I’ve read other memoirs about widowhood, notably Joan Didion’s book, “Magical Thinking” and Joyce Carol Oates whose title I can’t even remember because it seemed to be an excuse to publish another book when she had already remarried someone else by the time her widow memoir about her first husband was published.

That’s actually a lot of what these books are about: husbands, and marriage. In Anne Roiphe’s book, she misses her husband because he did everything for her: paid the taxes, did the cooking, earned a good living, provided homes in New York and in the Hamptons, hosted and cooked for their annual Seder, celebrated with their grown children and grandchildren. Lots of marriages are like that and that’s not what bothers me about Roiphe’s book. It’s her slightly unappreciative tone towards him (he didn’t leave me any life insurance and I can’t afford to keep the house in the Hamptons,) her daughters and especially sons-in-law that make her appear to be a miser emotionally at the same time that she is desperate to find a new man for companionship, or at least to provide her with what’s now missing.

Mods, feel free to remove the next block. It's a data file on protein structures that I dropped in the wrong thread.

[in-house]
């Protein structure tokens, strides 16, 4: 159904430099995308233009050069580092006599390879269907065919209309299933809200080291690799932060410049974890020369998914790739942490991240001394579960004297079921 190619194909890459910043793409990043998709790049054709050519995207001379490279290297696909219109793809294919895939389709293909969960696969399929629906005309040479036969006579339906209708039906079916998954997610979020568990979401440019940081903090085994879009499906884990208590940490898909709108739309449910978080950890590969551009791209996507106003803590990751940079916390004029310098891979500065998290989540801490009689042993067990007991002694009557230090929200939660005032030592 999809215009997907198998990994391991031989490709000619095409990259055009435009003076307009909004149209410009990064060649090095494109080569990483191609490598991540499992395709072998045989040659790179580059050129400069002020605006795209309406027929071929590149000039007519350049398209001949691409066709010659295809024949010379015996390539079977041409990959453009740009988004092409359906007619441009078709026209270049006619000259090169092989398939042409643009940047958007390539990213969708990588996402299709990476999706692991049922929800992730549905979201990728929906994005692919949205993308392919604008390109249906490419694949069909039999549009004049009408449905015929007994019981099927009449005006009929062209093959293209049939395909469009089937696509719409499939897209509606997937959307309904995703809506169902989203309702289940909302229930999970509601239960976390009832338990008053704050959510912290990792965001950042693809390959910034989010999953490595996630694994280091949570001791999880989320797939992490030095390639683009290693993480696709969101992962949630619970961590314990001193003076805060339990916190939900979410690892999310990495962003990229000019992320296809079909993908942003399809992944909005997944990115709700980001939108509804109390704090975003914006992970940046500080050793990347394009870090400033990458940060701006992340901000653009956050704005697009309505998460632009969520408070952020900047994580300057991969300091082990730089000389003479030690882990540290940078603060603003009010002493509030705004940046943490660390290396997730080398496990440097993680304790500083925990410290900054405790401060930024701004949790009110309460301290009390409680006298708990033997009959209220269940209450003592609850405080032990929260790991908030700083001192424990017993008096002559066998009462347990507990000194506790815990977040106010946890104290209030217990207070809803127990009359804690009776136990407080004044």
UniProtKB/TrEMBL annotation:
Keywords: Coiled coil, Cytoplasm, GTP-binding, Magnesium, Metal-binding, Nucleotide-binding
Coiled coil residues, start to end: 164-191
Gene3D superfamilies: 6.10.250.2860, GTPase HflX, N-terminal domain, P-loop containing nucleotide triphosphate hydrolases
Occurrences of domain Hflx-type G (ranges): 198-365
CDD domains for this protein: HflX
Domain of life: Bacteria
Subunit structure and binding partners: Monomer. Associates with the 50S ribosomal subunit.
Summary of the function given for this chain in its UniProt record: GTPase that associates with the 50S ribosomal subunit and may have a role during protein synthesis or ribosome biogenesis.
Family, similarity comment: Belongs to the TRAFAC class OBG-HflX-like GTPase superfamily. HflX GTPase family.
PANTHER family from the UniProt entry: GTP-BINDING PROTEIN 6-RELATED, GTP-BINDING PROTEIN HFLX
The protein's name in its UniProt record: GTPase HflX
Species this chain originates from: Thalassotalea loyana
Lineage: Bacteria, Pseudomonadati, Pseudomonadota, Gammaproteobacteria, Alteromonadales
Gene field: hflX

I’m writing about a book which I laid down many times, picking it up to read more parts of it and finally finishing it last night because the unintentional take-home message for me was so loud and clear:

CHERISH, revel in and appreciate the life we still have with our partners now before one of us dies. Don’t look back with annoying regrets that you could have been kinder, nicer, more accepting, less critical. Hug each other now. Let the small stuff really go. Really. Stop worrying about what you can’t do anything about.

Treasure the present moment for all the days you have left, no matter whether it’s for just a short time or for a longer one than we might expect.

I guess that’s a great gift to receive from a book that was so annoying to read.